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Chicago nursing home abuse attorneysYou have probably heard many news stories of nursing home abuse and neglect. Individuals staying in nursing homes generally need a higher level of care than those at other types of facilities and are therefore more vulnerable to abuse and neglect. However, mistreatment does still happen at assisted living facilities, and it is just as unacceptable as mistreatment at nursing homes. If you or a loved one has suffered due to negligence or abuse while living in an assisted living facility, you may be able to sue for damages.

Residents May Be Afraid to Come Forward

Residents of an assisted living facility are usually slightly more independent than residents at a nursing home. They may only need limited assistance with daily living activities and are less likely to suffer from serious dementia or other memory or cognition issues. Even though they are more self-sufficient than nursing home residents, those living at an assisted living facility can still be taken advantage of and mistreated. Sometimes assisted living abuse and neglect goes unreported because the victim is afraid to speak up. Other times, residents fear that an abusive staff member will retaliate if they report the mistreatment. Other residents are simply unaware of what their rights are at an assisted living facility or put up with bad care because they do not realize they deserve better.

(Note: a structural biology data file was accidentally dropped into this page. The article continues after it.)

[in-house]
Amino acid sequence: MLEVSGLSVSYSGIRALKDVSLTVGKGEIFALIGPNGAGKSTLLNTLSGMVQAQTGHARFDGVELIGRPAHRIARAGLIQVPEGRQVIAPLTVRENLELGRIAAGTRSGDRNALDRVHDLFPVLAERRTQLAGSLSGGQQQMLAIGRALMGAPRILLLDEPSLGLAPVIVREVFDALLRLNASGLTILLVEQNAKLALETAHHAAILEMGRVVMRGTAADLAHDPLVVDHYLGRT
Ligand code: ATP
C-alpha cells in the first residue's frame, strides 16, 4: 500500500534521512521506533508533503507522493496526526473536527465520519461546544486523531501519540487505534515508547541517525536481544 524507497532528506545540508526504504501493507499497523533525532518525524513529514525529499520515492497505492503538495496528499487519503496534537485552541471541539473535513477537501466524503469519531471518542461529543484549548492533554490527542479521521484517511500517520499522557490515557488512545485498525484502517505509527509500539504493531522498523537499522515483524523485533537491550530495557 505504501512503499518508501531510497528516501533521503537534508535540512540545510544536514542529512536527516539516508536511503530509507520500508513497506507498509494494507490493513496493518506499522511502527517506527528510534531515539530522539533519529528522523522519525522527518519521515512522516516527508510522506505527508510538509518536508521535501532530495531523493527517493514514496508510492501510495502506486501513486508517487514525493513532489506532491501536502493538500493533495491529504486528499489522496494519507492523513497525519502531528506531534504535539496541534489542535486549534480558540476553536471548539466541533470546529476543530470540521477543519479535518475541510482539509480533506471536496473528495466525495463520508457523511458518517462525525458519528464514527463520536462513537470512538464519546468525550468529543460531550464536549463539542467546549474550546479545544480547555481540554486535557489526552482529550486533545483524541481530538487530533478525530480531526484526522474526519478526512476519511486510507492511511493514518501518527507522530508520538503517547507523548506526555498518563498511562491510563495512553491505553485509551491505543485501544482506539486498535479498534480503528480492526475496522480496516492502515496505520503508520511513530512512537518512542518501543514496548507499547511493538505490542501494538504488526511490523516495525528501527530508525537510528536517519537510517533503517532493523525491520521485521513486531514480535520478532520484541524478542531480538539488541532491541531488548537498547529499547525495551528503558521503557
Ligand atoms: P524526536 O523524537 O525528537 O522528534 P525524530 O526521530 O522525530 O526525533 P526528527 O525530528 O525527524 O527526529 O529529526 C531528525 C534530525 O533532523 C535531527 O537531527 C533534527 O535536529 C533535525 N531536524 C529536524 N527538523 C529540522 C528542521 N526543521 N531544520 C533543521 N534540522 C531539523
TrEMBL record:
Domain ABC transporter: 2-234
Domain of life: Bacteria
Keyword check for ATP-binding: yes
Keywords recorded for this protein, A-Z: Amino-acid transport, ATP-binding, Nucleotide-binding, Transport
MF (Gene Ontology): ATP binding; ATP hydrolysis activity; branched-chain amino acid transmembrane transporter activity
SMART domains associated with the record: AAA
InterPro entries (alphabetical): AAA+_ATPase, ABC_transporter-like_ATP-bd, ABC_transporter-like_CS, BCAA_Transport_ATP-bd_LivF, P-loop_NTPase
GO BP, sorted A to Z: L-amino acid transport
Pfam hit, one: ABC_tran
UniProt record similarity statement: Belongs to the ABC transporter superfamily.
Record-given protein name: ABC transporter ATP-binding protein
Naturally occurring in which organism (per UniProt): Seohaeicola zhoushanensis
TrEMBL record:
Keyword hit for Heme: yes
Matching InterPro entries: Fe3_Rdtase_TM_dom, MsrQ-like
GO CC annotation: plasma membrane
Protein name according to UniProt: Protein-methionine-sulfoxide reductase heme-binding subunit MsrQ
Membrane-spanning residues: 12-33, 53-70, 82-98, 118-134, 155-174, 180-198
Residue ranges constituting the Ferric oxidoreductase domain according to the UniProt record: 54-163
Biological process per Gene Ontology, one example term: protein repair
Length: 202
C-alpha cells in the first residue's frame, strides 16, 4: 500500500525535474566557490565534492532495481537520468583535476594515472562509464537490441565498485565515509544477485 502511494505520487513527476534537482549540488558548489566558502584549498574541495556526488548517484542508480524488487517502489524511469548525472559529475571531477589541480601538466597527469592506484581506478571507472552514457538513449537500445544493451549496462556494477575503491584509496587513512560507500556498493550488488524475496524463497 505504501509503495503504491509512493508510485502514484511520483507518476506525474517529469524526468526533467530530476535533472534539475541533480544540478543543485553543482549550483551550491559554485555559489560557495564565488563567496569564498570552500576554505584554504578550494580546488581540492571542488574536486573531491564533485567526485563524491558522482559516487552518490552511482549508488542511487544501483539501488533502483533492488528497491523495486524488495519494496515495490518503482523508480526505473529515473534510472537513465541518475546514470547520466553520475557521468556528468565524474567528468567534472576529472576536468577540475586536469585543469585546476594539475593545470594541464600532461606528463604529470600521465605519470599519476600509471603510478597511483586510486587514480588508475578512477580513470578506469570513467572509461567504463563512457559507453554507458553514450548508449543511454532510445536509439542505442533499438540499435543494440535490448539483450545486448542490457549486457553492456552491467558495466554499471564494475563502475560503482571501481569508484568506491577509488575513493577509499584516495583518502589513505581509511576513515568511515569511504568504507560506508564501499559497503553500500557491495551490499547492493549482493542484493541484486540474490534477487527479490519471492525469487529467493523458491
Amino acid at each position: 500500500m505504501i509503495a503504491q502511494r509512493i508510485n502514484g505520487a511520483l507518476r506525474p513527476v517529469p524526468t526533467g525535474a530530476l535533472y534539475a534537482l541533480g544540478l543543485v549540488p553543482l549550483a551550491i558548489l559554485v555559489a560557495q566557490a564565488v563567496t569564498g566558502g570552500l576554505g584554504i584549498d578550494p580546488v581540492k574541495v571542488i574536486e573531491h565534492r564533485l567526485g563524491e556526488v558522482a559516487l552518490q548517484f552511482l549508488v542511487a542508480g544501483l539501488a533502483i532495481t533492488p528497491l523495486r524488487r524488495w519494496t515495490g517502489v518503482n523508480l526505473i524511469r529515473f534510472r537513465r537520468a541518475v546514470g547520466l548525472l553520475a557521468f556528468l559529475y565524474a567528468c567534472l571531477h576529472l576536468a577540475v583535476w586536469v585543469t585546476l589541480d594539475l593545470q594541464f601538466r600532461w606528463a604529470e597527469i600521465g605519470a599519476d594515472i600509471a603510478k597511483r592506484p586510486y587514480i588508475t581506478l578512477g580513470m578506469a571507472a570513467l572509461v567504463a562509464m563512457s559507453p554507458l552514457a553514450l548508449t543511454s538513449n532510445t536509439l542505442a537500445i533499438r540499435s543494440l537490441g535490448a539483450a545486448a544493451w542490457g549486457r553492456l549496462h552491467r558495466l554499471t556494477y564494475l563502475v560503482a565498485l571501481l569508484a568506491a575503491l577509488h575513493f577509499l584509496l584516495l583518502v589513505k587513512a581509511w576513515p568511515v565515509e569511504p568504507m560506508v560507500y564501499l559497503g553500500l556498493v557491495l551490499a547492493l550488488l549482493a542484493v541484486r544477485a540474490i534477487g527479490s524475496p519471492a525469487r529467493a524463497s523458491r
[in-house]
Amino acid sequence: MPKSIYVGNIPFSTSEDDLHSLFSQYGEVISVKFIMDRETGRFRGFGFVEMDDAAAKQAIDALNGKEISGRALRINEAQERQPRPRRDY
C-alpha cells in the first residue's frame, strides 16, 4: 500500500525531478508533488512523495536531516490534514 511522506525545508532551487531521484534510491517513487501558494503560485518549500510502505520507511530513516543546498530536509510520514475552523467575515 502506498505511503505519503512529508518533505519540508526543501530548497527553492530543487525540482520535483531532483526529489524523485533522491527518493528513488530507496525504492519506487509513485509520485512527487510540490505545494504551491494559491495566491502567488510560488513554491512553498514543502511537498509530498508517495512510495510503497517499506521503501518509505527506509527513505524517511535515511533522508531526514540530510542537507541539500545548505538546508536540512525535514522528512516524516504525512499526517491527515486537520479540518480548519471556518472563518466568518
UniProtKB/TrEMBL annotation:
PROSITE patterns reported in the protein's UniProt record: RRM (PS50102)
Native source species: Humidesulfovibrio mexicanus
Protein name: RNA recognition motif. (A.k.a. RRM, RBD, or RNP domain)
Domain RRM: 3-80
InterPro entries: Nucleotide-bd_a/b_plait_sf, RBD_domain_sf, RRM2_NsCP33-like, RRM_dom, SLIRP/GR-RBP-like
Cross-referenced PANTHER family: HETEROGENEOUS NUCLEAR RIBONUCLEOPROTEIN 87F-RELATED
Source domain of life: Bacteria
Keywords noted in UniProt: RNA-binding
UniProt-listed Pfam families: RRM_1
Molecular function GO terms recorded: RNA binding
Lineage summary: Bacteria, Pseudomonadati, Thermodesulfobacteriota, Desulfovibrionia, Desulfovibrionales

Examples of Assisted Living Abuse and Neglect

Assisted living abuse can occur not only between staff and residents, but also among residents themselves. In cases in which a resident is being abused by another resident, the assisted living staff have a responsibility to implement interventions to prevent future abuse incidents. Assisted living abuse can involve: